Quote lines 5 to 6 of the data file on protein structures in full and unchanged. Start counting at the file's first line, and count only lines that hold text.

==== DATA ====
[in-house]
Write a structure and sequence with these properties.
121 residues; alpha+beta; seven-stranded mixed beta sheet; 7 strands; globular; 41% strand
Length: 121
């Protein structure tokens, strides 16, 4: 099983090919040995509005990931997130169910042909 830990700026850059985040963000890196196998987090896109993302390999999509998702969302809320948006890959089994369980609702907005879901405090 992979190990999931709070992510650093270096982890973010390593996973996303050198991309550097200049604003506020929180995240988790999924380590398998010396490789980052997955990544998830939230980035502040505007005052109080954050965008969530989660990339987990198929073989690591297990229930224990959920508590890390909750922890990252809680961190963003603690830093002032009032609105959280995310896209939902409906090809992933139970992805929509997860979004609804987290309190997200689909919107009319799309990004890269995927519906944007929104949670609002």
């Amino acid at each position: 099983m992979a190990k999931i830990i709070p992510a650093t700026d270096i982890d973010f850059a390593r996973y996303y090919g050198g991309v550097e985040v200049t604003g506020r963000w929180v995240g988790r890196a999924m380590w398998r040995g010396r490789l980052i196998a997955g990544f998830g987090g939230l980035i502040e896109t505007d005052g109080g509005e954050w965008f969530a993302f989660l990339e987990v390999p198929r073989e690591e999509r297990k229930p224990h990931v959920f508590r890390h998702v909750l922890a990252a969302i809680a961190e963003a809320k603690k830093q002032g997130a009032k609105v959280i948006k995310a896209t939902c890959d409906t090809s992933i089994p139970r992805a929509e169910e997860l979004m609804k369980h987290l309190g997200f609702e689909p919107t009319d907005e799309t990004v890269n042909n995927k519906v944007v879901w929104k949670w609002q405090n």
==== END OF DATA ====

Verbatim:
């Protein structure tokens, strides 16, 4: 099983090919040995509005990931997130169910042909 830990700026850059985040963000890196196998987090896109993302390999999509998702969302809320948006890959089994369980609702907005879901405090 992979190990999931709070992510650093270096982890973010390593996973996303050198991309550097200049604003506020929180995240988790999924380590398998010396490789980052997955990544998830939230980035502040505007005052109080954050965008969530989660990339987990198929073989690591297990229930224990959920508590890390909750922890990252809680961190963003603690830093002032009032609105959280995310896209939902409906090809992933139970992805929509997860979004609804987290309190997200689909919107009319799309990004890269995927519906944007929104949670609002």
């Amino acid at each position: 099983m992979a190990k999931i830990i709070p992510a650093t700026d270096i982890d973010f850059a390593r996973y996303y090919g050198g991309v550097e985040v200049t604003g506020r963000w929180v995240g988790r890196a999924m380590w398998r040995g010396r490789l980052i196998a997955g990544f998830g987090g939230l980035i502040e896109t505007d005052g109080g509005e954050w965008f969530a993302f989660l990339e987990v390999p198929r073989e690591e999509r297990k229930p224990h990931v959920f508590r890390h998702v909750l922890a990252a969302i809680a961190e963003a809320k603690k830093q002032g997130a009032k609105v959280i948006k995310a896209t939902c890959d409906t090809s992933i089994p139970r992805a929509e169910e997860l979004m609804k369980h987290l309190g997200f609702e689909p919107t009319d907005e799309t990004v890269n042909n995927k519906v944007v879901w929104k949670w609002q405090n």